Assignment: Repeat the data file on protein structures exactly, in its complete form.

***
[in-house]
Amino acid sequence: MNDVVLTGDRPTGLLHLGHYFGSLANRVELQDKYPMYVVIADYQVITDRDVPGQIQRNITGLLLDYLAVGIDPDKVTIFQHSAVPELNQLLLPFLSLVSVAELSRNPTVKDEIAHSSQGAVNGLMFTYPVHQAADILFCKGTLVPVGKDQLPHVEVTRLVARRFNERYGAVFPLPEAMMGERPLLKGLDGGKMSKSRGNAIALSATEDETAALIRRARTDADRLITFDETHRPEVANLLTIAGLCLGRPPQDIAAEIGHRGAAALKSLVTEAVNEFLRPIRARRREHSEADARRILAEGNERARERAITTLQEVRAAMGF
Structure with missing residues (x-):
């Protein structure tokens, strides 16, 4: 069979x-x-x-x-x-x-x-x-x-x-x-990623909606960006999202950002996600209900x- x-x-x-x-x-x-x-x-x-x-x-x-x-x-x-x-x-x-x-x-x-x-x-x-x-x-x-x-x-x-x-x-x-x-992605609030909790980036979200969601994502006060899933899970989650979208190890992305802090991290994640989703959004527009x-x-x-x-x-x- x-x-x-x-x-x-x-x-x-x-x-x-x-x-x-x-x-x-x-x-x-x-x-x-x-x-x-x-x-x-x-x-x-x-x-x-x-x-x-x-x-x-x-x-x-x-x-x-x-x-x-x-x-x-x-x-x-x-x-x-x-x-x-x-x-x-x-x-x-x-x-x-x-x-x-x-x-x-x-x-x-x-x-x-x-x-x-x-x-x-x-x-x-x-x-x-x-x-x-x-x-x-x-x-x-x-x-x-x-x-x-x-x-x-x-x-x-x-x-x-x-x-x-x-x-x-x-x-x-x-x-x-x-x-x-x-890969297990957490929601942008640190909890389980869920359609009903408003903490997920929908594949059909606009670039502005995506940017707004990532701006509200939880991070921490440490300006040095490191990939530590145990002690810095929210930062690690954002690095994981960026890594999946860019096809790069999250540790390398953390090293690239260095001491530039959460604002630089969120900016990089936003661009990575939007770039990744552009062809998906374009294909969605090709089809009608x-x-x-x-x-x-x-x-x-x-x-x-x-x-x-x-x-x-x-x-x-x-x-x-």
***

[in-house]
Amino acid sequence: MNDVVLTGDRPTGLLHLGHYFGSLANRVELQDKYPMYVVIADYQVITDRDVPGQIQRNITGLLLDYLAVGIDPDKVTIFQHSAVPELNQLLLPFLSLVSVAELSRNPTVKDEIAHSSQGAVNGLMFTYPVHQAADILFCKGTLVPVGKDQLPHVEVTRLVARRFNERYGAVFPLPEAMMGERPLLKGLDGGKMSKSRGNAIALSATEDETAALIRRARTDADRLITFDETHRPEVANLLTIAGLCLGRPPQDIAAEIGHRGAAALKSLVTEAVNEFLRPIRARRREHSEADARRILAEGNERARERAITTLQEVRAAMGF
Structure with missing residues (x-):
């Protein structure tokens, strides 16, 4: 069979x-x-x-x-x-x-x-x-x-x-x-990623909606960006999202950002996600209900x- x-x-x-x-x-x-x-x-x-x-x-x-x-x-x-x-x-x-x-x-x-x-x-x-x-x-x-x-x-x-x-x-x-x-992605609030909790980036979200969601994502006060899933899970989650979208190890992305802090991290994640989703959004527009x-x-x-x-x-x- x-x-x-x-x-x-x-x-x-x-x-x-x-x-x-x-x-x-x-x-x-x-x-x-x-x-x-x-x-x-x-x-x-x-x-x-x-x-x-x-x-x-x-x-x-x-x-x-x-x-x-x-x-x-x-x-x-x-x-x-x-x-x-x-x-x-x-x-x-x-x-x-x-x-x-x-x-x-x-x-x-x-x-x-x-x-x-x-x-x-x-x-x-x-x-x-x-x-x-x-x-x-x-x-x-x-x-x-x-x-x-x-x-x-x-x-x-x-x-x-x-x-x-x-x-x-x-x-x-x-x-x-x-x-x-x-890969297990957490929601942008640190909890389980869920359609009903408003903490997920929908594949059909606009670039502005995506940017707004990532701006509200939880991070921490440490300006040095490191990939530590145990002690810095929210930062690690954002690095994981960026890594999946860019096809790069999250540790390398953390090293690239260095001491530039959460604002630089969120900016990089936003661009990575939007770039990744552009062809998906374009294909969605090709089809009608x-x-x-x-x-x-x-x-x-x-x-x-x-x-x-x-x-x-x-x-x-x-x-x-």